Publication

An Alternative Future for the Landscapes of Castilla-La Mancha

 

Book Cover An Alternative Future for the Landscapes of Castilla-La Mancha

An Alternative Future for the Landscapes of Castilla-La Mancha
Editor: Carl Steinitz Editor: Christian Werthmann, Harvard University Graduate School of Design, 2007
Sponsors: Foro Civitas Nova, Toledo, Spain

The book is the result of a semester-long studio about the future of a 200km by 70km corridor in the autonomous region of Castilla-La Mancha, the heart of Spain. It was produced by twelve students from the masters and postgraduate programs of the Graduate School of Design at Harvard University under the oversight ofthe class instructors Professors Carl Steinitz and Christian Werthmann.

Spain as a country is undergoing massive changes. In the effort to create a balanced transportation network over the whole country, Spains highway system and high-speed rail network is rapidly expanding, and reconfiguring the relations among its urban centers in Spain and to Europe. The accelerated growth of Madrid into a multimillion person metropolis with enormous demands for developable land deeply affects its surrounding regions including its southern neighbour, Castilla-La Mancha. The landscapes of Castilla-La Mancha are dominated by agriculture and interspersed with small to mid-sized towns, and were for hundreds of years left fairly untouched by the nearby metropolis. For centuries, the sparse and dry lands of the elevated plain shaped the cities, culture and society of this region. With the pressure of recent urbanization and sprawling infrastructure build-out, Castilla-La Mancha is on the verge of a vast shift in the historic relationships between its built structure and its landscapes which will radically transform the identity of the region into a new, yet-tobe-defined entity.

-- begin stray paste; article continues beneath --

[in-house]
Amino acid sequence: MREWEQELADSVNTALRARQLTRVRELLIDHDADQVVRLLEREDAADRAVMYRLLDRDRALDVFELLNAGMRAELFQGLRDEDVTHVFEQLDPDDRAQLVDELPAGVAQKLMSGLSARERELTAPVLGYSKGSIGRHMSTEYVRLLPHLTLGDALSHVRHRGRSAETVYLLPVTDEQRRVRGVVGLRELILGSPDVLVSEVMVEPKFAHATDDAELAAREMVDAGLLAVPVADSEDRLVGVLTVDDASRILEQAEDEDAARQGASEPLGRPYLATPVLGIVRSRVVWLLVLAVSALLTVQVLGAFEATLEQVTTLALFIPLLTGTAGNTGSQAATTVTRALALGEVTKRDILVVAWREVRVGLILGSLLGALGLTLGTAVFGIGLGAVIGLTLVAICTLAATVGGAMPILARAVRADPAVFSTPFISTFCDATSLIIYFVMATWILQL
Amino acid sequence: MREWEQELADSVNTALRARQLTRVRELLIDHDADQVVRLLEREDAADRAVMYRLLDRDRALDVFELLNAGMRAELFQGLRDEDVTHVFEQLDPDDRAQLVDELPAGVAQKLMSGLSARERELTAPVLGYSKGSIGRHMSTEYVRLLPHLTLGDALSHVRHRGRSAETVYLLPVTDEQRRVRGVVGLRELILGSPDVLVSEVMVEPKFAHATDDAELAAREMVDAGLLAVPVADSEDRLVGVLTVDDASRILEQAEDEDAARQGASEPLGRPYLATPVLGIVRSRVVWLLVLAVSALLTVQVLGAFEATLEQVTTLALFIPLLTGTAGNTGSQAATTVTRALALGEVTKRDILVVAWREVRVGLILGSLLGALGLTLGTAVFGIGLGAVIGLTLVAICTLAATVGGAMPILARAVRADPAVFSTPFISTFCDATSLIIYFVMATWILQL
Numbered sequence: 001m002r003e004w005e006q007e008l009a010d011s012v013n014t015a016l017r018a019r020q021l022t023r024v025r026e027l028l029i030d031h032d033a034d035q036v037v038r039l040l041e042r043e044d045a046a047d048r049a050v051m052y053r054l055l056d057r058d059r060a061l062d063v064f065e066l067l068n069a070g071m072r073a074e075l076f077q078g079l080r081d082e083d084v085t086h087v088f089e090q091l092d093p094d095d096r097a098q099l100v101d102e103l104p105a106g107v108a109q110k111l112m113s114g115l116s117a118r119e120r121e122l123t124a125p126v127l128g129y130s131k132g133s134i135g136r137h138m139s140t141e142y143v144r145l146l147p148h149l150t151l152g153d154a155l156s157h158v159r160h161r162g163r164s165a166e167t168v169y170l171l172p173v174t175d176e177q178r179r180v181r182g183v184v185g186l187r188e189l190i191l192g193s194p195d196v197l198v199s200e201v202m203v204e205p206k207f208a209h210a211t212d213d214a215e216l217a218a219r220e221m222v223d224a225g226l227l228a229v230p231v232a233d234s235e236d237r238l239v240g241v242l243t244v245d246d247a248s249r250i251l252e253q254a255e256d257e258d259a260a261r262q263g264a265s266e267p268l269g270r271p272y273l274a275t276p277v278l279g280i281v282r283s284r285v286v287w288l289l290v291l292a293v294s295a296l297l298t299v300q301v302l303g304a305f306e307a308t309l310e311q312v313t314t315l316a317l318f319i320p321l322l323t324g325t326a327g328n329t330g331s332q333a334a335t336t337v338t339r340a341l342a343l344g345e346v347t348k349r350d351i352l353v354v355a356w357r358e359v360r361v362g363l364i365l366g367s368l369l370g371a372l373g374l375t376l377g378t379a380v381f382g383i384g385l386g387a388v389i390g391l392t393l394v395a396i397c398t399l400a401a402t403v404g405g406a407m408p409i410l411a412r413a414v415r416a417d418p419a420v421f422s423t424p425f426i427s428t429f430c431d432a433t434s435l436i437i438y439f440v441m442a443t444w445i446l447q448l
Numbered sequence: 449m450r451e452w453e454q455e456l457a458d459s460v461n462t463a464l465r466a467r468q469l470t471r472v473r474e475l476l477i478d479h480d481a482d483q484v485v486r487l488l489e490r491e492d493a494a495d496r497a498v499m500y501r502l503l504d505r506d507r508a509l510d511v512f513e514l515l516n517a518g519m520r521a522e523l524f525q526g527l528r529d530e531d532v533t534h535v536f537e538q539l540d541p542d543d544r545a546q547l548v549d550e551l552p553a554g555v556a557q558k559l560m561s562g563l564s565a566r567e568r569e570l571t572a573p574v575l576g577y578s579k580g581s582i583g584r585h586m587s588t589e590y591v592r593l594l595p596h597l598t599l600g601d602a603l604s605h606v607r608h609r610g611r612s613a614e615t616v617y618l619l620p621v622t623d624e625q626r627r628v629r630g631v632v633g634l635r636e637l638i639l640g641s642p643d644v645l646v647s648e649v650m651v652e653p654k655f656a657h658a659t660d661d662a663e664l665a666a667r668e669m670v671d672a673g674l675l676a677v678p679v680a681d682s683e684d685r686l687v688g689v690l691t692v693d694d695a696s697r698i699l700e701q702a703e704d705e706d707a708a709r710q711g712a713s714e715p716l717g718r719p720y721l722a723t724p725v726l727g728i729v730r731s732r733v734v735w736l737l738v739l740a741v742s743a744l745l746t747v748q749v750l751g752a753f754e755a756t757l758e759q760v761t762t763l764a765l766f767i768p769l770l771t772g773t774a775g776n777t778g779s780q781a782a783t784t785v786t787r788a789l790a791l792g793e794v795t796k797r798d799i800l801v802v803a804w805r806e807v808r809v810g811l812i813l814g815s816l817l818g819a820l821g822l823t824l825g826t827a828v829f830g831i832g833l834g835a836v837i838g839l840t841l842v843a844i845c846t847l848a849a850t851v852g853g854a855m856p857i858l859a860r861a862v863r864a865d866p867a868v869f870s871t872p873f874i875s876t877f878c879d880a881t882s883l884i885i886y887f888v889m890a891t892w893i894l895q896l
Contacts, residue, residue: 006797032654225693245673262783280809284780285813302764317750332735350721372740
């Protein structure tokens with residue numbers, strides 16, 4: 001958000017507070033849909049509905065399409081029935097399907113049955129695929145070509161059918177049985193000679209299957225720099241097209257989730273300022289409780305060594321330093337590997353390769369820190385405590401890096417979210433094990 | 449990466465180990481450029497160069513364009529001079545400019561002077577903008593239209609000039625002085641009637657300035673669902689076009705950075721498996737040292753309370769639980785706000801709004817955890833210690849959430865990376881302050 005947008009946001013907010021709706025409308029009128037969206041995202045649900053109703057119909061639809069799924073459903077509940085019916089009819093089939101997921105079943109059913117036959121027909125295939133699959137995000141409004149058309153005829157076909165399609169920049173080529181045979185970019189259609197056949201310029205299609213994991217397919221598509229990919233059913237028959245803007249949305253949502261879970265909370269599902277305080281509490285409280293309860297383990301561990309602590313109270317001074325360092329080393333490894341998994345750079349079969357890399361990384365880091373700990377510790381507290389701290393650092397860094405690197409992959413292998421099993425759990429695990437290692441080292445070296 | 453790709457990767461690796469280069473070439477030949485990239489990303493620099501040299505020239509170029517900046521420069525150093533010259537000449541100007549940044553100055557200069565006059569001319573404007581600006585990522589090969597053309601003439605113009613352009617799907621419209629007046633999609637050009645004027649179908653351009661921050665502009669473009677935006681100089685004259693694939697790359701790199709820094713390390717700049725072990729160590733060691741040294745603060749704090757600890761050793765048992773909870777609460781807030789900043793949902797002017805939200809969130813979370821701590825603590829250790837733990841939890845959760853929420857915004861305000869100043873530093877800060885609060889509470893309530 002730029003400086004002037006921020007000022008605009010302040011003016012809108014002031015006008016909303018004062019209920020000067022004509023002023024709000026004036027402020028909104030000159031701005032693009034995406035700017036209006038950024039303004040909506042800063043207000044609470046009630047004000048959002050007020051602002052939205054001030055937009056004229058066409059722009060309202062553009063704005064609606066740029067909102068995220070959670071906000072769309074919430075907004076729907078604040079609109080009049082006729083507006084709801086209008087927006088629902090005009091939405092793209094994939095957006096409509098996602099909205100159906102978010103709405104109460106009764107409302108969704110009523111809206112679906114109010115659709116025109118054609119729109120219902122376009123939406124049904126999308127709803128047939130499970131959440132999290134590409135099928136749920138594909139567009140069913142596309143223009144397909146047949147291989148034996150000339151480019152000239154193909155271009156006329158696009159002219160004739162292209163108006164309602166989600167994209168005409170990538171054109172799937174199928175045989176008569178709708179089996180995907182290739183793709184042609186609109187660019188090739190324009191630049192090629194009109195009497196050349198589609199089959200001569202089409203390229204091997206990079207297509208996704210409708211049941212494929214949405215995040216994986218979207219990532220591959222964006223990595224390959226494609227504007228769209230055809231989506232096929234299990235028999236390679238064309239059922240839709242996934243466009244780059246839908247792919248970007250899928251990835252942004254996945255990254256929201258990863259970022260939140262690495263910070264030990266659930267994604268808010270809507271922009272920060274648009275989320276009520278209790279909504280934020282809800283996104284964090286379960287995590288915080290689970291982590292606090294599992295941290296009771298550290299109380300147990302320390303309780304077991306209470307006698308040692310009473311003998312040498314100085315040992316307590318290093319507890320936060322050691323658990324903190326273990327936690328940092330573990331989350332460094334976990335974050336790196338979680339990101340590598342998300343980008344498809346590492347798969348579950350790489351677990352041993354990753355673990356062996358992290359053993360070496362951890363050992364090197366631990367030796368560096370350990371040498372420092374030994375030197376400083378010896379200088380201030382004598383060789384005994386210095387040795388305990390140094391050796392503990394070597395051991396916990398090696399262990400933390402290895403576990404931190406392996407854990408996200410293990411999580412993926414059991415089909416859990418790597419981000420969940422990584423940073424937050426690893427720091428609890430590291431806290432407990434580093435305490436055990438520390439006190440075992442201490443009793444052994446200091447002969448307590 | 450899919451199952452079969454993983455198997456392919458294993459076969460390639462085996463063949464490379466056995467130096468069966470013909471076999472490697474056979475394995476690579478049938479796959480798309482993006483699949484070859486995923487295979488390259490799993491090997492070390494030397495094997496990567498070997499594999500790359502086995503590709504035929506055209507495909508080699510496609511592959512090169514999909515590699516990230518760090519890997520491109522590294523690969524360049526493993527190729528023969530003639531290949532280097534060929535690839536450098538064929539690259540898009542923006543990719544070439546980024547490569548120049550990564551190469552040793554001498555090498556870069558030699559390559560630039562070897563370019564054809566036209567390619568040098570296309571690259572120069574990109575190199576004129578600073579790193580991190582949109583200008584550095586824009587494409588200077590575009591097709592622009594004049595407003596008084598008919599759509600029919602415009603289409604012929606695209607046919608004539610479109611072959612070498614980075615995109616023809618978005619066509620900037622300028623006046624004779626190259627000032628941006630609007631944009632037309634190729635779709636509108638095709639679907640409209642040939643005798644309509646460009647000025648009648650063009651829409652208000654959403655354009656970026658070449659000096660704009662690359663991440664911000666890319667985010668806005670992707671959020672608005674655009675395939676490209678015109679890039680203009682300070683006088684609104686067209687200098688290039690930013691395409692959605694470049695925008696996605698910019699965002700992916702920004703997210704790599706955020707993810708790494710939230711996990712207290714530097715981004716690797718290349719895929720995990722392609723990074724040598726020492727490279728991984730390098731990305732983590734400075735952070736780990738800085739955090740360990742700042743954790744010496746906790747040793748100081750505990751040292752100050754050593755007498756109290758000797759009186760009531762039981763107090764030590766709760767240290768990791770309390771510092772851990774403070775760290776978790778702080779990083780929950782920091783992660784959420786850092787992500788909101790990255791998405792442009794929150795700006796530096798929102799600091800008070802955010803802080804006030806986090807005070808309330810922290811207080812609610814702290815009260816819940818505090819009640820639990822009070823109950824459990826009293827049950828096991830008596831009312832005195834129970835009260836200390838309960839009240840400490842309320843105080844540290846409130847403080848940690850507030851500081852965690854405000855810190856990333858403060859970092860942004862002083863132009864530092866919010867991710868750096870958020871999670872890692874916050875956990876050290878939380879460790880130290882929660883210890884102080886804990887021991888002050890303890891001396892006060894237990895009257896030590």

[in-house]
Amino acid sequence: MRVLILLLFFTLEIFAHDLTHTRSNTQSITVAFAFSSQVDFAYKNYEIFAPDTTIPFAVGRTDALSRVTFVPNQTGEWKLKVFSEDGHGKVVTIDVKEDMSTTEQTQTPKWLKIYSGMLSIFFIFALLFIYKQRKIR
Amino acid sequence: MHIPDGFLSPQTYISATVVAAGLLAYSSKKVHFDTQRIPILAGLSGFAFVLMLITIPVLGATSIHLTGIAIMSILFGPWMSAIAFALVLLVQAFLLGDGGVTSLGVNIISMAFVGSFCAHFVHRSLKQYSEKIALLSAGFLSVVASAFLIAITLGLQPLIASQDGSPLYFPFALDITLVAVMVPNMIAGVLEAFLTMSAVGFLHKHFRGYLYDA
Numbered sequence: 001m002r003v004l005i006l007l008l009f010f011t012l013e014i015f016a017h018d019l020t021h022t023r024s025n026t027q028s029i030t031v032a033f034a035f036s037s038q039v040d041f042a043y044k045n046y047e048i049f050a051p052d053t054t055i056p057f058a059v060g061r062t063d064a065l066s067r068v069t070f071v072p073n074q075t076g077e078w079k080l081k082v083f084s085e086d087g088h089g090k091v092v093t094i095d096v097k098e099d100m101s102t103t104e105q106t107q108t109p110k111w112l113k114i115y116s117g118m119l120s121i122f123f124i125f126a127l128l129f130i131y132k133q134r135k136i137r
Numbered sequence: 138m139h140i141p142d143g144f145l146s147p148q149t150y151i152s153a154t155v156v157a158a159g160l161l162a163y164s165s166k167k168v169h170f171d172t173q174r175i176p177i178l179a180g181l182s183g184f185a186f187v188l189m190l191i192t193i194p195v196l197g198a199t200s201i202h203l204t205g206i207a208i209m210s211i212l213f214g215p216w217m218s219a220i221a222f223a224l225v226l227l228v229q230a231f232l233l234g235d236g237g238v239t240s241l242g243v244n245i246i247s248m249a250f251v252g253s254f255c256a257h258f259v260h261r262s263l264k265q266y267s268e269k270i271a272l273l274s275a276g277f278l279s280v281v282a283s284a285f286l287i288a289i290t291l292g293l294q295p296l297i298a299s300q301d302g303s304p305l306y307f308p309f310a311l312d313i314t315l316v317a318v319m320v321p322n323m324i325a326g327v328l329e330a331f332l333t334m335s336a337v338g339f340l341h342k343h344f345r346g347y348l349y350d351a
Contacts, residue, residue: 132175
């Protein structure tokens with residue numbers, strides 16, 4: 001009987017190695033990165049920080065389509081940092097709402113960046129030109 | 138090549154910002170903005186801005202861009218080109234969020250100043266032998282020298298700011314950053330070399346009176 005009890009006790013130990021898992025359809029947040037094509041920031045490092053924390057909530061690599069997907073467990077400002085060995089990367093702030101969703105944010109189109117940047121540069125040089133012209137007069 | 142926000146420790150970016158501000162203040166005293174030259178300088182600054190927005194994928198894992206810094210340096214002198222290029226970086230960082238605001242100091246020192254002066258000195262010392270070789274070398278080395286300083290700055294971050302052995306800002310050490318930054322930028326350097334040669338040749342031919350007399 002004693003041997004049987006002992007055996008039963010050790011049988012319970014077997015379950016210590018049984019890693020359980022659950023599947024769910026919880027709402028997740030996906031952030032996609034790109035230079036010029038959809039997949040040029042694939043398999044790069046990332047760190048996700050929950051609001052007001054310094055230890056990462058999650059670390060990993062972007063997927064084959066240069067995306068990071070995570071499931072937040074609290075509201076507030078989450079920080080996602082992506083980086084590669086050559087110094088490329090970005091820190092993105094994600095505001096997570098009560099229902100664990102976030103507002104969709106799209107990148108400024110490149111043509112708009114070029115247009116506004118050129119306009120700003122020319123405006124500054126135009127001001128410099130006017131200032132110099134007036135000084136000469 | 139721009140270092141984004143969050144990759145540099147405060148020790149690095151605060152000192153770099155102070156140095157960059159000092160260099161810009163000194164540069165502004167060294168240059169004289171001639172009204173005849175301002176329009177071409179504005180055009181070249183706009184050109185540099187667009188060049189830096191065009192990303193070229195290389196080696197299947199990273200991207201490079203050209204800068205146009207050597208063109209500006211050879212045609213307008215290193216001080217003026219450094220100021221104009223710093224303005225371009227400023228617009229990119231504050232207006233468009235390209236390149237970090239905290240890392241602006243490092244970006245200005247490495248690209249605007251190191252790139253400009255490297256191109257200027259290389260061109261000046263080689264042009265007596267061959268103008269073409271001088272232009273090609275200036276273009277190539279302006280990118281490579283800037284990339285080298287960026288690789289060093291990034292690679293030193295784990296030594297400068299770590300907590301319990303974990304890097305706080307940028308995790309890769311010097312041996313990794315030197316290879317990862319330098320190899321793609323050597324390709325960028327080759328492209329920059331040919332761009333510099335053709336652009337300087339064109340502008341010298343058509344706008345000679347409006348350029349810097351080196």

At this significant point in time, the study An Alternative Future for the Landscapes of Castilla-La Mancha examines a corridor of land uses that offers a representative range of urbanization phenomena currently occurring in the region. Beginning in the north at the outskirts of Madrid, the corridor extends past the historic former capital city of Spain, Toledo, to the south at Ciudad Real, comprising a total area of about 14,000 square kilometers. Projecting land use shifts along a twenty year horizon, the study includes a vision for an alternative future for the region that proposes both policies and designs and offers site specific solutions for particular significant locales within the corridor.

Participating Students
Kevin Bunker, Chih-Wei Chang, Dharshini Joseph, Kris Lucius, Scott Melbourne, Anchalee Phaosawasdi, Adalie Pierce-McManamon, John Ridenour, Ruth Silver, Jose Juan Terrasa-Soler, Anne Vaterlaus, Julia Watson

Teaching Fellow
Juan Carlos Vargas Moreno



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